Jesus And Prayer
You have to love how Jesus is committed to a life of prayer. Over and over again in the Gospels, we read Jesus’ public prayers, we learn of his withdrawing to quiet places to pray and be with his Father, and we see Jesus in the single most stressful and difficult moment of his ministry in prayer.
In Mark 14, Jesus is preparing to be betrayed by one of his disciples and arrested by the Romans. And he determines to spend the entire night in fervent prayer. Other Gospels report that when Jesus is praying here, sweat falls like blood from his brow. His prayer and his anguish are that intense.
Jesus is committed to prayer. And Jesus has something to share with each of us from this particular prayer in Mark 14.
Take a moment and read Mark 14:32-42.
Among the many things that are worthy of our attention from these 10-11 verses, as I read this text this time, the phrase that rises to the surface comes from verse 38: “the spirit is eager, but the flesh is weak.”
Later in the New Testament, Paul will have much to say about the difference between being led and guided by Spirit or being led and guided by flesh. The obvious message from Paul is to be guided by God’s Spirit rather than by our own flesh. It is a lesson to follow Jesus on the path to the cross–to become cruciform ourselves. But here, Jesus is still preparing to go to the cross himself. And so, I think it is helpful to have Paul’s ideas in mind here, but I think there is more to uncover too.
Jesus finds his disciples sleeping after he has gone off a little further in the Garden of Gethsemane to pray for an hour. And honestly, I can’t blame the disciples. It’s the middle of the night, Jesus has instructed them to wait while he prays–sleep seems like a natural response and a natural way to pass the time. What I mean is that I don’t think that the disciples are willfully sinning or trying to go against what Jesus is instructing them to do.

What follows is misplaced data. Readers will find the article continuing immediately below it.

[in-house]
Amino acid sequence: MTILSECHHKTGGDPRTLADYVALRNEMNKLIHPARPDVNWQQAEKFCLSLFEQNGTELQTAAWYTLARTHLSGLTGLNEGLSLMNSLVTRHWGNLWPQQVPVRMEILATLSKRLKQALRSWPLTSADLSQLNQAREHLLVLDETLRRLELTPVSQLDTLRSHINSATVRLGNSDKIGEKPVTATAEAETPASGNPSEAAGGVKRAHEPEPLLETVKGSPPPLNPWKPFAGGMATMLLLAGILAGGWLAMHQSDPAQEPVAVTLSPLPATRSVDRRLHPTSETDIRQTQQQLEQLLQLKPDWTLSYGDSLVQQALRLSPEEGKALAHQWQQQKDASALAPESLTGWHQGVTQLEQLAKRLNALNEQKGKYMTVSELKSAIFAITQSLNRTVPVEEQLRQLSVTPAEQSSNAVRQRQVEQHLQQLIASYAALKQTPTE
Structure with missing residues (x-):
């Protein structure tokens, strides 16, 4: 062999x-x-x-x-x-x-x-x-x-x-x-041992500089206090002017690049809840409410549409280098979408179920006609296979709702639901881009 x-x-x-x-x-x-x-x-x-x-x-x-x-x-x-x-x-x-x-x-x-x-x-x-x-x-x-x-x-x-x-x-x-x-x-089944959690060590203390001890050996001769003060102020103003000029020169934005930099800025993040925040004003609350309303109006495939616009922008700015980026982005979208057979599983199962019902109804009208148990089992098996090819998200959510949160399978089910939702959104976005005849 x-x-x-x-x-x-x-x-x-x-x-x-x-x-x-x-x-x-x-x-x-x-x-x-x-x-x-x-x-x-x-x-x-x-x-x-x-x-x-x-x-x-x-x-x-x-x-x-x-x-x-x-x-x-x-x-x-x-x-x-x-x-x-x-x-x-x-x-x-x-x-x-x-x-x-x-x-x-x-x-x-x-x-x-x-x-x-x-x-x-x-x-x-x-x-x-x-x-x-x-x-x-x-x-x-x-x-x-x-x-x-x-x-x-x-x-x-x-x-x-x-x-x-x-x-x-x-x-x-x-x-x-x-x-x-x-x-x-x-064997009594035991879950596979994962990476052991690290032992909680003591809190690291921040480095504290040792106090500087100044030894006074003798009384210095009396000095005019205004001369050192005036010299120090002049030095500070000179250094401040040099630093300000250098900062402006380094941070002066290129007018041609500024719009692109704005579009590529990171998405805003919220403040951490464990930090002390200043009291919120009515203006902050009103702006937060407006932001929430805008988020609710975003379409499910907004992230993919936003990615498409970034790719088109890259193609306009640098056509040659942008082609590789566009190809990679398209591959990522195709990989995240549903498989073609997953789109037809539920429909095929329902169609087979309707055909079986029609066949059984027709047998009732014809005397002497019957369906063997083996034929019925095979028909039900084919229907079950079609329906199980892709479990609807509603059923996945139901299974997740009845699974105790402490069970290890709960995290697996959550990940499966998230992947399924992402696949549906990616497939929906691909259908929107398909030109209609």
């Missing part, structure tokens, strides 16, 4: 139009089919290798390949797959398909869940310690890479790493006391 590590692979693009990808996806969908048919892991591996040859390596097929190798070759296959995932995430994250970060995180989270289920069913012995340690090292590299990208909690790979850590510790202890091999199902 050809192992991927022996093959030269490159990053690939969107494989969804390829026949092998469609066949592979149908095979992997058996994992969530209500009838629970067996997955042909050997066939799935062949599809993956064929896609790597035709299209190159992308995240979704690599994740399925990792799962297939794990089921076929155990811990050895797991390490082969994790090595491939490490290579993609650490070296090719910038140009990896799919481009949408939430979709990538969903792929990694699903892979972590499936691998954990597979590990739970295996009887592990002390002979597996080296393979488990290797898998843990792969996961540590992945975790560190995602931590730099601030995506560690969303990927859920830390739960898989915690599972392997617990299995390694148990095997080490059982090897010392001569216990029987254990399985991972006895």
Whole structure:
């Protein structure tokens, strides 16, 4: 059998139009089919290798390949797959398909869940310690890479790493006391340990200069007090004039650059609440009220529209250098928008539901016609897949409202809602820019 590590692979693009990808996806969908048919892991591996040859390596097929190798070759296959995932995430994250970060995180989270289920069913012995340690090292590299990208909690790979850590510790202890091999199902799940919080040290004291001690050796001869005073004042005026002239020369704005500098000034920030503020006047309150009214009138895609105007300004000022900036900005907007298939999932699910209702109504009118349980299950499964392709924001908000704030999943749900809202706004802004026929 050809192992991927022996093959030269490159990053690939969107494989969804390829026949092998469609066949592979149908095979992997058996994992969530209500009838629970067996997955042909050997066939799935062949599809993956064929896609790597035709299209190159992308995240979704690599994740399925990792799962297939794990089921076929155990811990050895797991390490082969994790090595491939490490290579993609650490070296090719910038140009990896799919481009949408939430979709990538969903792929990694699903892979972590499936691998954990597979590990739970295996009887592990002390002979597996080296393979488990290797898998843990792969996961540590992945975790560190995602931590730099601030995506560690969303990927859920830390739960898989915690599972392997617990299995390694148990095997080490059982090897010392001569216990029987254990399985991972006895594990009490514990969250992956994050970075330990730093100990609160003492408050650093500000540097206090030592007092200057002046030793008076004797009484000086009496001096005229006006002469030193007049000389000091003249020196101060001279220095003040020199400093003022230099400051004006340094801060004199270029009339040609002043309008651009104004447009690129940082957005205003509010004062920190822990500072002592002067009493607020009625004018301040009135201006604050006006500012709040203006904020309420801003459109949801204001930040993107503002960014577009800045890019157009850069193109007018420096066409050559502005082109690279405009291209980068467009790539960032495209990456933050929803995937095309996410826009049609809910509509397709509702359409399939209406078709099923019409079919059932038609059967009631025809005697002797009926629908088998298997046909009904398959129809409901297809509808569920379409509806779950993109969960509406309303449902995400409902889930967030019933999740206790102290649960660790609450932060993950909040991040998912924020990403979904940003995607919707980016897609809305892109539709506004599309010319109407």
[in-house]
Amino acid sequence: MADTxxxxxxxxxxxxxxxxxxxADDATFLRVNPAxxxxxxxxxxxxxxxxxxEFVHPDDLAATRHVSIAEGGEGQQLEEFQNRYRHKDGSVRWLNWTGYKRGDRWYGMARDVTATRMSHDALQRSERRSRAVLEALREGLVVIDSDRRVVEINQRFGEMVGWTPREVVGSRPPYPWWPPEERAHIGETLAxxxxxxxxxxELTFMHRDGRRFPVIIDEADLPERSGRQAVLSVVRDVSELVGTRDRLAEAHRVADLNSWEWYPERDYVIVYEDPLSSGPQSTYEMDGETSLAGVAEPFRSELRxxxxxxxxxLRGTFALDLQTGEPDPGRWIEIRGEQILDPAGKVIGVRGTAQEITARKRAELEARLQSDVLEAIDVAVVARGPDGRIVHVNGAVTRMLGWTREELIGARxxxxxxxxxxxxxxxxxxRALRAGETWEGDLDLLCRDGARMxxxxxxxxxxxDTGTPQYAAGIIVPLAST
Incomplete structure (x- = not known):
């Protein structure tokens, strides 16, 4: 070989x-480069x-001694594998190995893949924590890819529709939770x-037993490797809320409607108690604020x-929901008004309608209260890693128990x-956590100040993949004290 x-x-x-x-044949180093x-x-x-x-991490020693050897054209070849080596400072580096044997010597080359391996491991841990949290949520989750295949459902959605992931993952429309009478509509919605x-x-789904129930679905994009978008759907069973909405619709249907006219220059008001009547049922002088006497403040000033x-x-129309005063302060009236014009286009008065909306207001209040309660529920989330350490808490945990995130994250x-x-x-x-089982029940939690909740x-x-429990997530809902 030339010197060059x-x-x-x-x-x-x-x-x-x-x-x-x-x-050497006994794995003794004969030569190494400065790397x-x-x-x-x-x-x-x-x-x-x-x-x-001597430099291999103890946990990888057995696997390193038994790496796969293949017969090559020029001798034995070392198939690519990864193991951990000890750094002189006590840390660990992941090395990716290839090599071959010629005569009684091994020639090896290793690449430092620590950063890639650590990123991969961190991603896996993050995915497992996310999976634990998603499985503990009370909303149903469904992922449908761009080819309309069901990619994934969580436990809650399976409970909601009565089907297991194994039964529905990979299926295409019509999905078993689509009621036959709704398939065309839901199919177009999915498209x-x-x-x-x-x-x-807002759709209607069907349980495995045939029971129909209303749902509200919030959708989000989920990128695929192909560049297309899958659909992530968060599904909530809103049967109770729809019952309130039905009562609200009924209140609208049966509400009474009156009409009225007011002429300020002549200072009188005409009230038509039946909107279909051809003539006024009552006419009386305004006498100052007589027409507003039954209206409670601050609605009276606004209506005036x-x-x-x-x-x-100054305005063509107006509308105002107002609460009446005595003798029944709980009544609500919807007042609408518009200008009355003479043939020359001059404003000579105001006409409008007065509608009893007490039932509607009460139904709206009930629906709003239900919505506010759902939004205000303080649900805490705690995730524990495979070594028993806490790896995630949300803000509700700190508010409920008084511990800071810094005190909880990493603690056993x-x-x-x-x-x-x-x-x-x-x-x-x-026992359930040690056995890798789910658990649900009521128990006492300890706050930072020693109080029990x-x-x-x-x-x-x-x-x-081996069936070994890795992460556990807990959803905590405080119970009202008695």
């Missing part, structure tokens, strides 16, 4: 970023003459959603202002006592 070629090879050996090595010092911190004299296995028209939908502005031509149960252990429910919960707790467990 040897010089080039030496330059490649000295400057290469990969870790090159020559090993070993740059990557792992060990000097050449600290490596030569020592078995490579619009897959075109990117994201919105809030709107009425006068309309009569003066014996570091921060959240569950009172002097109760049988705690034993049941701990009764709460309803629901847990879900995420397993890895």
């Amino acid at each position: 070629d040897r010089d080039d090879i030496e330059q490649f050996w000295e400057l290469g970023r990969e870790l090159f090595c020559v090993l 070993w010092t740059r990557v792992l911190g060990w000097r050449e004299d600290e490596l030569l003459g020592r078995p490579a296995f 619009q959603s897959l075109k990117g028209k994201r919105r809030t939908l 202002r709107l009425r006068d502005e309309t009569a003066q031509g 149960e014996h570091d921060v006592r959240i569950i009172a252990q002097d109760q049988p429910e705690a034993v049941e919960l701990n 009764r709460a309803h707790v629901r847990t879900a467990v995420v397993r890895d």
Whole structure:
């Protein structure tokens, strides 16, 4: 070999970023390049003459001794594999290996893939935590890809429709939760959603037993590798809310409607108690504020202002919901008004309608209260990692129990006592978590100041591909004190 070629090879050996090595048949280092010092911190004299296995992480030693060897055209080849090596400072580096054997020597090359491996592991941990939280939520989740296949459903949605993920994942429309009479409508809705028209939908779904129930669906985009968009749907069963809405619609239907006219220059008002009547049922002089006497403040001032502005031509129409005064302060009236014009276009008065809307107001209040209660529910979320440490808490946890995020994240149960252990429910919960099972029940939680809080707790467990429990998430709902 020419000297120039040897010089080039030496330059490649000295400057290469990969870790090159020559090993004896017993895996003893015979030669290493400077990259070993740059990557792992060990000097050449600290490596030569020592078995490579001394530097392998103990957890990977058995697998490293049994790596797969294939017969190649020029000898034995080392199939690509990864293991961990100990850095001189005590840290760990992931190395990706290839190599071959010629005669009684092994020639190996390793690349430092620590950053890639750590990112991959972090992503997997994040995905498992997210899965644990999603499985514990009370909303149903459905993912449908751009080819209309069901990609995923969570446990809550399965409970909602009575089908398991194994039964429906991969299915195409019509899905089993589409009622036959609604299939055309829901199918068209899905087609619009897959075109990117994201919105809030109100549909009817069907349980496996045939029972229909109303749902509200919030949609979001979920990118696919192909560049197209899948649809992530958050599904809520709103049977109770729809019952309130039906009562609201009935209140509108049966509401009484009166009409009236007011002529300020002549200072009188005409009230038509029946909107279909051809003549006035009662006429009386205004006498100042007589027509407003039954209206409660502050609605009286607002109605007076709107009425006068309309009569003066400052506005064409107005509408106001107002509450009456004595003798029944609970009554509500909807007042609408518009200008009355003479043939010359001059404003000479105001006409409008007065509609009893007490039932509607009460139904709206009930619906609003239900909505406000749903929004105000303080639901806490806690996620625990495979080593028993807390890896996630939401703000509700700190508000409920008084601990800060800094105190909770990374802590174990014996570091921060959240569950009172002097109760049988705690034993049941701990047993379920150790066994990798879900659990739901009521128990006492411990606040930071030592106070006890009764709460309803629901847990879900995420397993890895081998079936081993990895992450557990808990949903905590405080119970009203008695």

And so, when Jesus comes and finds them asleep, he invites them into prayer too. [SIDEBAR: Whenever you find yourself in despair, Jesus’ example shows us that prayer is the place to turn. Not only that, but in his despair, Jesus invites others into prayer too.] And it is after he invites the disciples into prayer that he tells them the spirit is eager but the flesh is weak.
And this is what Jesus, I think, wants us to learn about the life of prayer. We are weak-willed so often when it comes to following the instructions of Jesus. When it comes to sin, just like Paul would later say, being guided and led by the flesh is a recipe for disaster. But here, Jesus invites us into prayer. Constant, vigilant prayer. Stay alert and pray. Prayer is the means by which we set aside the flesh and our sinfulness. Prayer is the means by which we learn to follow Jesus. Prayer is the means by which we engage in the spiritual life.
It is through prayer that we come to the will of God. In fact, that’s exactly the content of Jesus’ own prayer: “Not what I want but what you want.”
Prayer is our first and best tool in learning to follow Jesus. And this can seem so counterintuitive, especially today. There is so much work to be done. Good work. Things that honor and give glory to God. Serving others in the name. of Jesus. Giving to the poor. Working for equity in a world in which power is protected at all costs. Lifting up and encouraging those who are in the midst of intense personal turmoil. All of these things are good and right, and we should do them! But, Jesus gives us the example that prayer is always our first and best tool in following Jesus. It is in prayer that our spirits are given the courage and strength to follow through what the flesh will eventually grow tired of doing. It is through prayer that we are brought into the heart of God and given the empathy, compassion, and love to serve others, give to the poor, work for equity, encourage, and all the rest that our faith leads. us to do.
And so today, remember that the spirit is eager even when the flesh is weak. Start praying now that you would be ready to follow Jesus, wherever he leads.